I recently received a review copy of Penny Layman’s The Paper-Pieced Home from Interweave/F+W. I’ve really enjoyed reading through the book (in between packing and moving), and chose to make the Layer Cake Block (block #4). I don’t have a lot of sewing time right now, and I’m also not great at decorating and celebrating holidays. I thought it would be fun to turn the Layer Cake Block into a mini-quilt or table topper for birthday celebrations! I picked fabrics, printed the pattern, and it is waiting for me as soon as I can unpack my sewing machine!
The Paper-Pieced Home Details
Title: The Paper-Pieced Home: Quilting a Household One Block at a Time
Author: Penny Layman, author of Sew Take A Hike
Softcover, 135 pages, published by Interweave/F+W
List Price: $26.99
Why I Would Recommend a Friend Take a Look
If paper-piecing is your thing, or you want to learn to paper piece, this is a great book for you. The patterns (included on a CD that comes with the book!) range from fairly simple to quite complex. If you like a retro/modern vibe, you will love the quilt blocks in this book.
The book is well designed–the layout and font are easy to follow/read, and it is a beautiful book. I appreciate that there is a full color picture of each of the 40 blocks, as well as styled shots of the 10 additional projects.
The first (12 page) chapter is an introduction to paper-piecing–Penny suggests tools, walks you through a well illustrated lesson on how to paper piece, and offers a lot of hints, tips, and tricks, on everything from fabric selection to pressing your blocks. I have been meaning to buy a seam roller for years, and finally did thanks to this chapter.
The second (10 page) chapter covers things that are beyond the basics–fussy cutting, y-seams, embroidery, appliqué, etc. I thought this was a helpful inclusion.
The remaining chapters are titled Kitchy Kitchen, Wear It!, Retro Home (don’t you love the couch!), Create & Organize, Playtime, and Get Outdoors! Each chapter has multiple projects using one or more of the blocks.
The last few pages include Resources and Selected Templates.
Clear Instructions and Illustrations
I made (started) the layer cake block, which is one of the more time intensive paper pieced blocks. I found the instructions to be clear and easy to follow, although I am an experienced paper piecer. If you are a beginner, I suggest trying a block like Watermelon Slice (#39) first.
Each chapter includes a few projects that you can make with a block from that chapter (or any chapter, really). Sometimes it is difficult to decide what to do with a solo block–the book includes instructions for making hot pads, a grocery tote (shown here using the Fruit Bowl block), a trio of pillows, and a baby quilt, among other things.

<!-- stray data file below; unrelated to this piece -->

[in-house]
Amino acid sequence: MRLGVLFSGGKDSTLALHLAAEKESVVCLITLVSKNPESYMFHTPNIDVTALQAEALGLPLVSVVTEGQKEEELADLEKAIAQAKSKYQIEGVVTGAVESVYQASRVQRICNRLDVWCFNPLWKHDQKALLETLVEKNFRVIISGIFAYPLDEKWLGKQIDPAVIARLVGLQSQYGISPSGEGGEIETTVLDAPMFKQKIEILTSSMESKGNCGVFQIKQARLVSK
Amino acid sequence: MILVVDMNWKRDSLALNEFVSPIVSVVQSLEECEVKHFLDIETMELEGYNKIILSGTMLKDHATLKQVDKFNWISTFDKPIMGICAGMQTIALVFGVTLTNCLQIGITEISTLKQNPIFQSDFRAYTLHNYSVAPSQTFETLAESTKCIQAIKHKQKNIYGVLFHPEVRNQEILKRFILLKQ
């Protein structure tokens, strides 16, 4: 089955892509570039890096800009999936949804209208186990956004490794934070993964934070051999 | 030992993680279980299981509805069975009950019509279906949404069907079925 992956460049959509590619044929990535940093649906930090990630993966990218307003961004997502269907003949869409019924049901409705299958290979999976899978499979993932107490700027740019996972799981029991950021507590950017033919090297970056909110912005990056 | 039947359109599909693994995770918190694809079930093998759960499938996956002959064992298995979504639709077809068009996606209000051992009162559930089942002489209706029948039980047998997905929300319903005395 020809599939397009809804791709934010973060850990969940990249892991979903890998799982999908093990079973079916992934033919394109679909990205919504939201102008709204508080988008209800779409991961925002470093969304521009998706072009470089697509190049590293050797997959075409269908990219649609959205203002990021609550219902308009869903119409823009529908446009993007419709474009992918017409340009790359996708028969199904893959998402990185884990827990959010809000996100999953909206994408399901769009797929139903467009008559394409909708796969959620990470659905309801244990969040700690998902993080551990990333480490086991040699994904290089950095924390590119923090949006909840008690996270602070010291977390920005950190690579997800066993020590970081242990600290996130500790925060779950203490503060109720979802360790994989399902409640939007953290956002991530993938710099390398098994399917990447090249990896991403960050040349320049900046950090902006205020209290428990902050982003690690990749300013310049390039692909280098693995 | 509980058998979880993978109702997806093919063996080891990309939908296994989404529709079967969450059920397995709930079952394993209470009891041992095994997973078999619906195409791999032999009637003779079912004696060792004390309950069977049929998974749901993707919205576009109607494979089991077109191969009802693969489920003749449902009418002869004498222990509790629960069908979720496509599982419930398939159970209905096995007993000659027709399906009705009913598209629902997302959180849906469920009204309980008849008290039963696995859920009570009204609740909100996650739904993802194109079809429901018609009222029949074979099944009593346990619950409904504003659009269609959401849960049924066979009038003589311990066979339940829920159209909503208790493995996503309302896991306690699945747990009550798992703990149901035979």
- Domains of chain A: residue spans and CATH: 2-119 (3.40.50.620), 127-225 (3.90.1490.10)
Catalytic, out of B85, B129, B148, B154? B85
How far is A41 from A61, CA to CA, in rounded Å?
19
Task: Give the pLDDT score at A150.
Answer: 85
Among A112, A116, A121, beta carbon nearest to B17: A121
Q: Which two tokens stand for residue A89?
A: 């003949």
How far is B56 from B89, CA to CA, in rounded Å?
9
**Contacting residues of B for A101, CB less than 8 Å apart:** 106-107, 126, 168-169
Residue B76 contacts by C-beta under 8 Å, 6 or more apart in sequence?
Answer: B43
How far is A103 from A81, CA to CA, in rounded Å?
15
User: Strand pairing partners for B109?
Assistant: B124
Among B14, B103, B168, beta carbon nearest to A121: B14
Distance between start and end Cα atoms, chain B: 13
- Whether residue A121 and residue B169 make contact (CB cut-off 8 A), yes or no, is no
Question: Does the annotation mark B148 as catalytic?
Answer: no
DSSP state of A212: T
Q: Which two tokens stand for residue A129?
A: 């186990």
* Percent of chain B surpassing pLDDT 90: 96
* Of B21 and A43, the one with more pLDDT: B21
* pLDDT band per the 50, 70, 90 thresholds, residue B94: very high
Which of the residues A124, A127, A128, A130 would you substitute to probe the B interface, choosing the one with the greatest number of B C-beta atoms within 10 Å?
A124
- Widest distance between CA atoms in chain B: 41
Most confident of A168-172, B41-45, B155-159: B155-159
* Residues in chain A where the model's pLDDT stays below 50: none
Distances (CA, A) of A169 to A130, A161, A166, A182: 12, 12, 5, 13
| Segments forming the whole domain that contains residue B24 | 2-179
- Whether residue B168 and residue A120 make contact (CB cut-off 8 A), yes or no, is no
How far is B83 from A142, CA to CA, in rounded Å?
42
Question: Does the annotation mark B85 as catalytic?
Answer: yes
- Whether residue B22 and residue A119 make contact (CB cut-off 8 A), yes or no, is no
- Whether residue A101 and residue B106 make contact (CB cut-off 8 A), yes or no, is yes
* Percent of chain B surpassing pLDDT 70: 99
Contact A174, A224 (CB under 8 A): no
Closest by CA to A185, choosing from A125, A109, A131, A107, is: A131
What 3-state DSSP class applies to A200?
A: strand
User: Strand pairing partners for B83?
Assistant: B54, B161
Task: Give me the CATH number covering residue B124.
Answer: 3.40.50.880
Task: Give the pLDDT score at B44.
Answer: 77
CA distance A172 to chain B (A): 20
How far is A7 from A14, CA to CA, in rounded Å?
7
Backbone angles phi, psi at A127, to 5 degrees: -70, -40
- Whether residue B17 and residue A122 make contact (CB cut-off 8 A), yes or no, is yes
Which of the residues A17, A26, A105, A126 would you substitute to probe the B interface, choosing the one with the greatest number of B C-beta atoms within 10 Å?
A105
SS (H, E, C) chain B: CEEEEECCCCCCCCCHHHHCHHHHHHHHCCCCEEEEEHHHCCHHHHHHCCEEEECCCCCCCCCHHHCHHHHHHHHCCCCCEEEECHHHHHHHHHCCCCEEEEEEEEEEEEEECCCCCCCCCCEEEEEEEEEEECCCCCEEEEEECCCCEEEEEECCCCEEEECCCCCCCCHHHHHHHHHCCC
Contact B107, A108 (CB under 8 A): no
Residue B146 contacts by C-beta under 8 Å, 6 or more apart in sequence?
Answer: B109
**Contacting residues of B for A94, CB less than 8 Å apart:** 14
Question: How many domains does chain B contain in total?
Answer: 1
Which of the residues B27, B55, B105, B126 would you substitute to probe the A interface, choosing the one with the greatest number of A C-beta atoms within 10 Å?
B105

Attention to Detail
If you are familiar with Penny’s work, you will know she has a distinct style, and pays attention to details. I think what I liked most about this book was seeing the different fabrics she chose for each block. You can tell she really thinks about scale, pattern, directional prints, etc. I am not always a deliberate quilter–the complexity of many of these patterns means I wanted to be a bit more deliberate in my choices.
I Wish the Book Included
The Paper-Pieced Home includes fabric requirements to make each block, for example, 6” of the yellow solid for the cake frosting (totally made up the specifics). The book does not include directions for what size to cut each piece (so it doesn’t say cut a 2″ x 2″ square for A1). This isn’t a deal breaker–it isn’t that difficult to cut things to size based on looking at the pattern, especially since you aren’t typically making 30 identical blocks–but it would have been a nice inclusion. Having written a book, I know that often times these things are the publisher’s decision.
I make a lot of things for other people. This book made me want to sit down and make something for me! At some point in the near future, I’m definitely making the claw foot tub block–we have had one in our Portland house and we loved it.
Giveaway/Are you interested in seeing more?
Leave a comment for a chance to win a copy of The Paper-Pieced Home (in the US) or an electronic version (outside the US).
You can leave any comment for a chance to win, or if you want, leave a comment with your favorite home organization tip. With two big moves in less than 9 months, I can use the all the help I can get!
Visit one (or all!) of the stops on the blog tour for the Paper-Pieced Home below:
3/16 McCall’s Quilting / Sewing Machine Block
3/17 Love of Quilting / Review
3/17 Sandi Sawa Hazlewood of Crafty Planner / Watering Can Block
3/18 Quilty Pleasure (Quiltmaker blog) / Review
3/18 Imagine Gnats / Rotary Phone Block
3/20 Verykerryberry / Lion Block
3/21 Artisania / Cast-Iron Skillet Block
3/23 Where the Orchids Grow / Lamp Block
3/24 Katie Blakesley of Swim Bike Quilt / Layer Cake Block
3/24 House on Hill Road / Oven Mitt Block
3/24 Lee Heinrich of Freshly Pieced / BBQ Grill Block
3/26 Pink Penguin / Allie-Gator Block
3/26 A Happy Stitch / Giraffe Block
3/27 Bijou Lovely / Jar Block
3/27 Two Little Banshees / Saucepan Bloc
3/27 Charise Creates / Espresso Mug Block
3/30 Karen Lewis Textiles / Couch Block
3/31 Poppyprint / Clawfoot Tub Block
3/31 One Shabby Chick / Stack of Books Block
3/31 During Quiet Time / Sleeveless Dress Block
4/06 Pat Sloan The Voice of Quilting / Author Podcast Interview
The Paper-Pieced Home: Quilting a Household One Block at a Time
By Penny Layman